Chris Dodd: Chris Dodd was really hamstrung during the debate. He did not receive a lot of questions, had very little talk time, and kinda got lost in the shuffle again. When he did speak, he did so confidently and competently. But he's not in the position to not go on offense. He's trying to go on offense in his television ads, but he failed to do so in the debate. The fact that Connecticut is close to New Hampshire gives Dodd an opening for a surprise, but until he can improve his name recognition and give voters a reason to pay attention to him, look for Dodd to continue to run at the back of the pack.

Dennis Kucinich: Kucinich got a lot more talk time than his poll standings would suggest he warrants, so he should have no complaints about that. Iraq is clearly his main issue, but exactly how many voters are willing to vote for Kucinich just because of Iraq? That remains to be seen, but he did make a good point about how borrowing money from China to fight in Iraq is much more of a threat to our security than withdrawing our troops. Right now, Kucinich is not viewed as credible. Until voters take him seriously as a candidate, his message, no matter how well thought out it may be, will not be heeded.

Mike Gravel: Gravel was more subdued last night and lobbed fewer grenades. He generated some buzz after his first performance, but I think he did not help his momentum last night. He's clearly a gadfly candidate with no credibility. Look for other debate hosts to exclude him in the future because the signal to noise ratio in his responses is too high to make his participation worth it.

The bottom line:

Hillary Clinton is in position to run away from the pack and make this a blowout. Perhaps she'll be more difficult for the Republicans to beat than they think?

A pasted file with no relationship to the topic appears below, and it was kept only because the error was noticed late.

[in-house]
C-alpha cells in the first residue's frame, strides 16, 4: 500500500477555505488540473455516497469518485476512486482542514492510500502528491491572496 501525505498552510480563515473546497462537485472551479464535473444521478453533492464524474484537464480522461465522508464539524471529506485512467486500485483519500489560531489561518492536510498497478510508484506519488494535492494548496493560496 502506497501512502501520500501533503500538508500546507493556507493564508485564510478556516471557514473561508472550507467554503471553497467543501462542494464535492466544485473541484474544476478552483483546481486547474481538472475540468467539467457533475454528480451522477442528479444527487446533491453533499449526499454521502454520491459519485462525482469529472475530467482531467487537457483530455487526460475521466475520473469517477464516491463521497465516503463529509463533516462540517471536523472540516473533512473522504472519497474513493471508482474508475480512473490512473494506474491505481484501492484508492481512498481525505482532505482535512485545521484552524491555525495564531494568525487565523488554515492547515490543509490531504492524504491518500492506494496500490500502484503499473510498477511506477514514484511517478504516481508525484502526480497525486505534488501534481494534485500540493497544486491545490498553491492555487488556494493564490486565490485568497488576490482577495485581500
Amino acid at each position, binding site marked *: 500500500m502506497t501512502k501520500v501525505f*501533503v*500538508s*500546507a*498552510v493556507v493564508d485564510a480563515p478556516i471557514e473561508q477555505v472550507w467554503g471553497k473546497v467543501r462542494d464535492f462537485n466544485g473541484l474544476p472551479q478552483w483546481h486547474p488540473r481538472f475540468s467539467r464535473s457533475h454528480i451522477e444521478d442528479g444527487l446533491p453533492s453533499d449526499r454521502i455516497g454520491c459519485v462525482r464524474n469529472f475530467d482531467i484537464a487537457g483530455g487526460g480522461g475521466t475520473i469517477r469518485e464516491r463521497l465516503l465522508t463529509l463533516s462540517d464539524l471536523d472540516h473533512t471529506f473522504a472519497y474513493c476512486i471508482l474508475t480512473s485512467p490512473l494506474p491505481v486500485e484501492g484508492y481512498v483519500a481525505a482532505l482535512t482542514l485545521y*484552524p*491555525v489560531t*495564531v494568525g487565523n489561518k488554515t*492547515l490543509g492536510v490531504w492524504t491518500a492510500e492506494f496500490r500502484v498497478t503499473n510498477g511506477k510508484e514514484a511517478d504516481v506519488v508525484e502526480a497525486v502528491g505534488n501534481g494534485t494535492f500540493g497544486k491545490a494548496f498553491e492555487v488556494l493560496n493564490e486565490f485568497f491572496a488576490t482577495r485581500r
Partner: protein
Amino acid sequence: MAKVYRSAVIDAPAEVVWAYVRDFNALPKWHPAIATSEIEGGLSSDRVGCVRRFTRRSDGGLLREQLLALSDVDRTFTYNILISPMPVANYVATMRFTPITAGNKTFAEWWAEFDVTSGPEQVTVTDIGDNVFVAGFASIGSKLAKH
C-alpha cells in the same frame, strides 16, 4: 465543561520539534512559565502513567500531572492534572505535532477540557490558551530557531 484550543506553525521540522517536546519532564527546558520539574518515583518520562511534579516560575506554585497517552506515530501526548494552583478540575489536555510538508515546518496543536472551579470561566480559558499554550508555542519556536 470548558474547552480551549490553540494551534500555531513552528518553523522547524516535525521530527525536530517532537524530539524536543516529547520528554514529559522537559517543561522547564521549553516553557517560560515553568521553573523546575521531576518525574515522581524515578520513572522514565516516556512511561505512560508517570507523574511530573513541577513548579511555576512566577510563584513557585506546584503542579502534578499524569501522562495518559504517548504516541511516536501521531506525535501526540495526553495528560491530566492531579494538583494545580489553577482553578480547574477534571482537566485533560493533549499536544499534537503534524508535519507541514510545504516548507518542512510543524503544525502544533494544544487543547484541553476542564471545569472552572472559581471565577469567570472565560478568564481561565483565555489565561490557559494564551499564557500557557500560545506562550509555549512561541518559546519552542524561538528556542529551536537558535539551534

Barack Obama can't afford to cruise anymore. His airplane is losing altitude and Edwards is gaining on him. Could Obama be seen more as vice presidential?

John Edwards should receive a nice bump from his performance last night. He regained a bit of momentum and may siphon off a few of Obama's supporters.

Bill Richardson should hope that voters pay more attention to what he says, rather than how he says it. He is clearly a problem solver and a critical thinker, but he is not a compelling speaker. He missed a chance to break out. Look for him to remain in the second tier.

Joe Biden cannot be ignored. He knows he's running towards the back of the pack, but he has nowhere to go but up. After two solid performances in a row, I believe his candidacy will be viewed more credibly. Look for an uptick in his momentum.

Dennis Kucinich may have raised a few good points, but look for his influence to be mainly in the form of getting voters to ask other more credible candidates their positions on the issues he raises.

Mike Gravel is comedy relief, but I think his 15 minutes of fame are over. His presence is annoying to the other candidates and the voters because he takes up time that the other more credible candidates can use to flesh out their positions.

The moderator, Wolf Blitzer of CNN, did a good job of leading the debate, although the hypothetical questions he asked were counterproductive. He should also ensure in the future that the candidates be given equal time to participate. Chris Dodd, and to a lesser extent, Bill Richardson, have legitimate gripes.

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1 comment(s):

Steve Johnson said...

You're right about Wolf Blitzer. It was kind of funny when all of the candidates jumped on him about that question on killing Osama bin Laden at the risk of killing innocent people. I like Wolf, but he definitely likes putting politicians in between a rock and a hard place. Given, all reporters do this, but he seems to take some kind of sadistic pleasure in doing it.

I agree with you on most of your assessment. You're absolutely right about Biden having a solid debate. I love seeing him get passionate and angry when it comes to issues like Iraq and Darfur. His passion definitely comes across better in those topics as opposed to when he's barking about shoving things down the president's throat.